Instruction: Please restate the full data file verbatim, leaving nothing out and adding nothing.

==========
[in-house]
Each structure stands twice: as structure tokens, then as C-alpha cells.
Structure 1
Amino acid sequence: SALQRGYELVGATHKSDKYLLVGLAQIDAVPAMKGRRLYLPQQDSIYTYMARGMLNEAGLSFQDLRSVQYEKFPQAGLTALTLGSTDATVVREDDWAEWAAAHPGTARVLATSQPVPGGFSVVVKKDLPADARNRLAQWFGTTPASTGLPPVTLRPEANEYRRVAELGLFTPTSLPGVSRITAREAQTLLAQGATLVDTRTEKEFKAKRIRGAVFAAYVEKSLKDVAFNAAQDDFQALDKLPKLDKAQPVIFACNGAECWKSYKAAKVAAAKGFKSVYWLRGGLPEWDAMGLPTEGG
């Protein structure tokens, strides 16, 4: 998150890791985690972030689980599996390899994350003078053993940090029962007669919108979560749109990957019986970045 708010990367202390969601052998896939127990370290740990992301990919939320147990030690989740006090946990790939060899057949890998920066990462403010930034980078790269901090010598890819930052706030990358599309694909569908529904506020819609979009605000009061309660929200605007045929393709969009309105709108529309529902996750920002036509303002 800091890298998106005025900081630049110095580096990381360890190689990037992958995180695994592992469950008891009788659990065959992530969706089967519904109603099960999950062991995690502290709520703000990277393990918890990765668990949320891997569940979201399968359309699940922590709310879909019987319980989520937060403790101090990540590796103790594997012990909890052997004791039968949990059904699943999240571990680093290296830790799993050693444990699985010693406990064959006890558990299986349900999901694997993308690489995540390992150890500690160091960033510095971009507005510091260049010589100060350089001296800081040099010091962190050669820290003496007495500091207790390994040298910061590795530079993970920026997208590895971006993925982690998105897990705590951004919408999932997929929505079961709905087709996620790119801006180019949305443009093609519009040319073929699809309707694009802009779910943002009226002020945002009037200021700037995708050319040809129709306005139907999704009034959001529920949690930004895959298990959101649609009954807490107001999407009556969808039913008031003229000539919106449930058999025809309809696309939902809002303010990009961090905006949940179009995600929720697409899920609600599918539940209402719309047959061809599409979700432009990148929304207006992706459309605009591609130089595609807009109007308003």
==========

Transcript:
[in-house]
Each structure stands twice: as structure tokens, then as C-alpha cells.
Structure 1
Amino acid sequence: SALQRGYELVGATHKSDKYLLVGLAQIDAVPAMKGRRLYLPQQDSIYTYMARGMLNEAGLSFQDLRSVQYEKFPQAGLTALTLGSTDATVVREDDWAEWAAAHPGTARVLATSQPVPGGFSVVVKKDLPADARNRLAQWFGTTPASTGLPPVTLRPEANEYRRVAELGLFTPTSLPGVSRITAREAQTLLAQGATLVDTRTEKEFKAKRIRGAVFAAYVEKSLKDVAFNAAQDDFQALDKLPKLDKAQPVIFACNGAECWKSYKAAKVAAAKGFKSVYWLRGGLPEWDAMGLPTEGG
């Protein structure tokens, strides 16, 4: 998150890791985690972030689980599996390899994350003078053993940090029962007669919108979560749109990957019986970045 708010990367202390969601052998896939127990370290740990992301990919939320147990030690989740006090946990790939060899057949890998920066990462403010930034980078790269901090010598890819930052706030990358599309694909569908529904506020819609979009605000009061309660929200605007045929393709969009309105709108529309529902996750920002036509303002 800091890298998106005025900081630049110095580096990381360890190689990037992958995180695994592992469950008891009788659990065959992530969706089967519904109603099960999950062991995690502290709520703000990277393990918890990765668990949320891997569940979201399968359309699940922590709310879909019987319980989520937060403790101090990540590796103790594997012990909890052997004791039968949990059904699943999240571990680093290296830790799993050693444990699985010693406990064959006890558990299986349900999901694997993308690489995540390992150890500690160091960033510095971009507005510091260049010589100060350089001296800081040099010091962190050669820290003496007495500091207790390994040298910061590795530079993970920026997208590895971006993925982690998105897990705590951004919408999932997929929505079961709905087709996620790119801006180019949305443009093609519009040319073929699809309707694009802009779910943002009226002020945002009037200021700037995708050319040809129709306005139907999704009034959001529920949690930004895959298990959101649609009954807490107001999407009556969808039913008031003229000539919106449930058999025809309809696309939902809002303010990009961090905006949940179009995600929720697409899920609600599918539940209402719309047959061809599409979700432009990148929304207006992706459309605009591609130089595609807009109007308003």